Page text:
Microsoft for the first time is lowering the price that manufacturers pay for the Windows operating system.
A tiny yet important crack has opened, with little notice, in the great Windows monopoly that surrounds personal computing.
It's happening with a new version of the OS called Windows XP Starter Edition that's only being sold on the other side of the world in languages other than English.
But this crack could quickly widen. I expect more and more nations to demand their own low-cost version of Windows. I can even imagine a day, not too distant, when an economic colossus bigger than any nation -- Wal-Mart -- demands Starter Edition for PCs on sale in the United States.
One characteristic of a monopoly is the ability to sell the identical product at a fixed price in all markets. Somewhat like the old joke attributed to Henry Ford: "You can have a Model T in any color you want, as long as it's black."
Windows XP Home Edition, the standard consumer version of the OS, costs just under $99 when purchased individually for a PC running an older version of Windows.
PC makers pay less, although the exact amount is a closely guarded secret. The best guess by outside analysts is $50 to $75. After including overhead, Windows probably adds about $100 to the retail cost of a new computer.
Unlike just about every other part of the computing universe, where prices keep coming down, Microsoft hasn't budged on the price PC makers pay for Windows in years.
Enter the penguin. Linux, the open-source operating system developed and maintained by a global army of volunteers, has become big enough to threaten Microsoft.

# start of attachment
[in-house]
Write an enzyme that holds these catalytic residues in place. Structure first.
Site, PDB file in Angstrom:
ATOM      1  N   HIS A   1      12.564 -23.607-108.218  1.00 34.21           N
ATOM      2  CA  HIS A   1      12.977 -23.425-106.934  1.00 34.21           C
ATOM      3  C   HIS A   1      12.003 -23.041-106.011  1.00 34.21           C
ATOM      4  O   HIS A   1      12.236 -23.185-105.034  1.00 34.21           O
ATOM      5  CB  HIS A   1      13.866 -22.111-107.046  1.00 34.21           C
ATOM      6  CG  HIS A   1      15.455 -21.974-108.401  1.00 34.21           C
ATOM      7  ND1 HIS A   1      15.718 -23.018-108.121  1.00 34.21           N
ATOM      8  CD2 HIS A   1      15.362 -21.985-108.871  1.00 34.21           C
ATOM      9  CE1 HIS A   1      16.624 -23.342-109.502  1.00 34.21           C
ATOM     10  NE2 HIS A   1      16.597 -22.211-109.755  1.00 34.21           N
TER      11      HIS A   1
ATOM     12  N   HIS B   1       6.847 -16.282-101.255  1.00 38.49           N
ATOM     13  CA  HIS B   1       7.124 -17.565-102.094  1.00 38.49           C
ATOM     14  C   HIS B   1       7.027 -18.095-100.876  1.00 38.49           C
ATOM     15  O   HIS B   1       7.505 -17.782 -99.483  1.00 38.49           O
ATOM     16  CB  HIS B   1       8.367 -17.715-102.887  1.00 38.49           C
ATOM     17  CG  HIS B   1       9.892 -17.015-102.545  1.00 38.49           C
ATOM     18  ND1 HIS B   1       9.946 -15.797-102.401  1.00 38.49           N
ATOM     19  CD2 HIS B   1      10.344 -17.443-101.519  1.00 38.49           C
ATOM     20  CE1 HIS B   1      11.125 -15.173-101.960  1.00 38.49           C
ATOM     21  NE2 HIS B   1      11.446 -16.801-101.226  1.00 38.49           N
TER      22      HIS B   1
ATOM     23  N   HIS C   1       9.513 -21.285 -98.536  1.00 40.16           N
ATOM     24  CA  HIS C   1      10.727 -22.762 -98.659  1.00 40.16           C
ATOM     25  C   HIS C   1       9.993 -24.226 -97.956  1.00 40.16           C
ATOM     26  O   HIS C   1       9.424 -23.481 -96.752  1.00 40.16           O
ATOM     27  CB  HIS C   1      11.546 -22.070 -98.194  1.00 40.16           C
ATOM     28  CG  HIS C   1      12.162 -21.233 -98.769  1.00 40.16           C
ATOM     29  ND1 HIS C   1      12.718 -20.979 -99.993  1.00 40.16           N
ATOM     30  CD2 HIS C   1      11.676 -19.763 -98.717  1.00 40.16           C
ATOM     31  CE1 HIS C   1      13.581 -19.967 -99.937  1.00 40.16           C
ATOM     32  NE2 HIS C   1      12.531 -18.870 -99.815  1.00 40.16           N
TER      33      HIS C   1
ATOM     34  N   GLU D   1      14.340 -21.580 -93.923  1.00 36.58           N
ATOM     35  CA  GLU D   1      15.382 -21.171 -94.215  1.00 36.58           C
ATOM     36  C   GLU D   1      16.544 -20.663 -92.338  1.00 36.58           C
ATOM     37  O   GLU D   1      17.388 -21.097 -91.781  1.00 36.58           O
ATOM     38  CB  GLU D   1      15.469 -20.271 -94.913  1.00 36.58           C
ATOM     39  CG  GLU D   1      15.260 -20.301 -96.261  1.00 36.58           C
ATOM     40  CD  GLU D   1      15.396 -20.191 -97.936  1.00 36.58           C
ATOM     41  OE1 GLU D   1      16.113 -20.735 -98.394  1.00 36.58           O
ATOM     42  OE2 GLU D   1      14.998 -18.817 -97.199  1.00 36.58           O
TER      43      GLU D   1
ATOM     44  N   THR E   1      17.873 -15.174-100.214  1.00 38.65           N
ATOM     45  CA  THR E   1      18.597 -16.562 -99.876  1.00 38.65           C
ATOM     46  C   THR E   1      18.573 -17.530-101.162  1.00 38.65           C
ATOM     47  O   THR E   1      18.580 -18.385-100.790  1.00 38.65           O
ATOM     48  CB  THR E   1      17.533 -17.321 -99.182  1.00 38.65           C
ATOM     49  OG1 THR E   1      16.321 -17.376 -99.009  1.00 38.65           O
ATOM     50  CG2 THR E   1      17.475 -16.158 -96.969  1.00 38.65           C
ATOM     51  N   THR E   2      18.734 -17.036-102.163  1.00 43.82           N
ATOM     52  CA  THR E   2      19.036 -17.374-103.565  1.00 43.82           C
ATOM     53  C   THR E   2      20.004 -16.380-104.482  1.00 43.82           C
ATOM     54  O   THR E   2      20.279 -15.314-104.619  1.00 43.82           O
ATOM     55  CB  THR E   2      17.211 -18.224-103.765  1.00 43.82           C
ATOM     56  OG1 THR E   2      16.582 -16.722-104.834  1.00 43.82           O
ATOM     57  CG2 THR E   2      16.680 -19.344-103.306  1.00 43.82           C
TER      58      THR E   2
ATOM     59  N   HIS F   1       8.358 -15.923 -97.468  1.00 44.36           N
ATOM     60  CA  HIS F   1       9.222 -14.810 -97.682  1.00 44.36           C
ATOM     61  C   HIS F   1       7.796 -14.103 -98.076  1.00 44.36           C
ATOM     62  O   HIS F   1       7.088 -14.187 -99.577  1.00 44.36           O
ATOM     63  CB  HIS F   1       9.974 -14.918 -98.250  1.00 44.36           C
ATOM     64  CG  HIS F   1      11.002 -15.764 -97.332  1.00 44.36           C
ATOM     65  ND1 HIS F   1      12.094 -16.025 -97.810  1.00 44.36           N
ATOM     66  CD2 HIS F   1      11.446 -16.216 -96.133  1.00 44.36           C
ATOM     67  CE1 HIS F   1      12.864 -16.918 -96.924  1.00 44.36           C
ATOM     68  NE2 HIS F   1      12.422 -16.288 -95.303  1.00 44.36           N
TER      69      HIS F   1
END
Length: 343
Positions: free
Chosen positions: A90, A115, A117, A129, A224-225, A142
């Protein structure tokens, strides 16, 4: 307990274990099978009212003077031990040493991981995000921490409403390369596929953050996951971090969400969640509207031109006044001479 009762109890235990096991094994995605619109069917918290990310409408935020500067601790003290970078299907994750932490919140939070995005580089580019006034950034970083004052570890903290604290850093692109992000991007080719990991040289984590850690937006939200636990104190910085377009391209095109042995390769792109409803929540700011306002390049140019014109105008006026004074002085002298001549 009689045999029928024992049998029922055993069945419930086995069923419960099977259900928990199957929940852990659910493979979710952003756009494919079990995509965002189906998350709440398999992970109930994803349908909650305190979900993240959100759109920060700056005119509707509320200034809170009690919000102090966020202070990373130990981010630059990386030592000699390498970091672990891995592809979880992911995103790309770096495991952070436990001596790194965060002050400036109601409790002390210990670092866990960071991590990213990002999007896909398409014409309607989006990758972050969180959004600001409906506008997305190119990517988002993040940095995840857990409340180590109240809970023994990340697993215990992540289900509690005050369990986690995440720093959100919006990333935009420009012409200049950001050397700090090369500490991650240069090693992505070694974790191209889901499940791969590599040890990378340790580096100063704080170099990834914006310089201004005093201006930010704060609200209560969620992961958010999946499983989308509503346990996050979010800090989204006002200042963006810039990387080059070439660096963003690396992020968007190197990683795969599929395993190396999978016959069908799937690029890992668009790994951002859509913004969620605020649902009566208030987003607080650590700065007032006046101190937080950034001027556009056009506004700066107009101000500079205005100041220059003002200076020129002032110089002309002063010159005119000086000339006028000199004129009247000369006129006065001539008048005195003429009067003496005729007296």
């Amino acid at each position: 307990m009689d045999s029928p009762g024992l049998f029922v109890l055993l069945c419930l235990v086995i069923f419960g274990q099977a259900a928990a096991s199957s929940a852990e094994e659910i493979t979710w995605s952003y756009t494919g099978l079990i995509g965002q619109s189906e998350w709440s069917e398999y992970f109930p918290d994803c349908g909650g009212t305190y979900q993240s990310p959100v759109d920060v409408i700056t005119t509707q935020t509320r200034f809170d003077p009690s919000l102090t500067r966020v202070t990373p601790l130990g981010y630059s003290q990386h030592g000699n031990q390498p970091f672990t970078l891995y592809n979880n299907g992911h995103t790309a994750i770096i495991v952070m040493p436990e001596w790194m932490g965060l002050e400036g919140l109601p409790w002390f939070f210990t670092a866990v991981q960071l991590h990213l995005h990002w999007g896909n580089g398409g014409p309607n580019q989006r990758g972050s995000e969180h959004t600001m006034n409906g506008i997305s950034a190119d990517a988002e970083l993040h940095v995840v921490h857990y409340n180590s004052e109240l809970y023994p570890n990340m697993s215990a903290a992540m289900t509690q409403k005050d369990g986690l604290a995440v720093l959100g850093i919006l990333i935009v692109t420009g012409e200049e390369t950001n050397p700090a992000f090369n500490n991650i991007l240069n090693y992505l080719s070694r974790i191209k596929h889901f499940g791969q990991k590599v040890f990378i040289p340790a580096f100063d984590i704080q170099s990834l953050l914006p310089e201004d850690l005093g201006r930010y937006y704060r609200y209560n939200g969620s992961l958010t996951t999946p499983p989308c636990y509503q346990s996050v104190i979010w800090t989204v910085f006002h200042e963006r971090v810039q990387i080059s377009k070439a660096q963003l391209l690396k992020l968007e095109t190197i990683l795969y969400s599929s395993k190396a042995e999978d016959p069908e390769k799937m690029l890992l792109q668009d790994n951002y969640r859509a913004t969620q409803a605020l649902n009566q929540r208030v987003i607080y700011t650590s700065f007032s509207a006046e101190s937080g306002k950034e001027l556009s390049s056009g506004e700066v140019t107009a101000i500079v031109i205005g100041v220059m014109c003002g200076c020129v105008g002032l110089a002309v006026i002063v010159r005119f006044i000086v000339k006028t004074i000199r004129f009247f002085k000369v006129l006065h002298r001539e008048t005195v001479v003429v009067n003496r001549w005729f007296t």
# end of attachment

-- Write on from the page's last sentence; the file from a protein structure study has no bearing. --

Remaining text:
Governments in the Third World are seriously considering Linux, because it's free and can be customized without requiring anyone's prior approval, for low-cost PCs aimed at first-time users on very tight budgets.
Microsoft already backed down in a small way last year, offering some limited cut-rate pricing in Thailand, when that country's government started a program offering subsidized Linux systems.
But Microsoft didn't take its first comprehensive step until last month, when it officially announced Starter Edition.
It will be sold only to PC makers, not to the public, and once again the price is secret.
I called Rob Enderle, a computing analyst in San Jose, and asked for his estimate. He said Starter Edition could sell for as little as $20.
Trying to keep the genie in the bottle, Microsoft is hedging in every way possible. Starter Edition will only be available at first in three countries -- Indonesia, Malaysia and Thailand -- in local languages. Two more countries, not yet named, will be added soon.
Microsoft also emphasized that Starter Edition, which begins shipping in October, is a yearlong "pilot program" rather than a permanent product offering.
To prevent Starter Edition from jumping the fence from families to small business, where Microsoft still wants a big mark-up, Microsoft has yanked out several features.
From The Holland Sentinel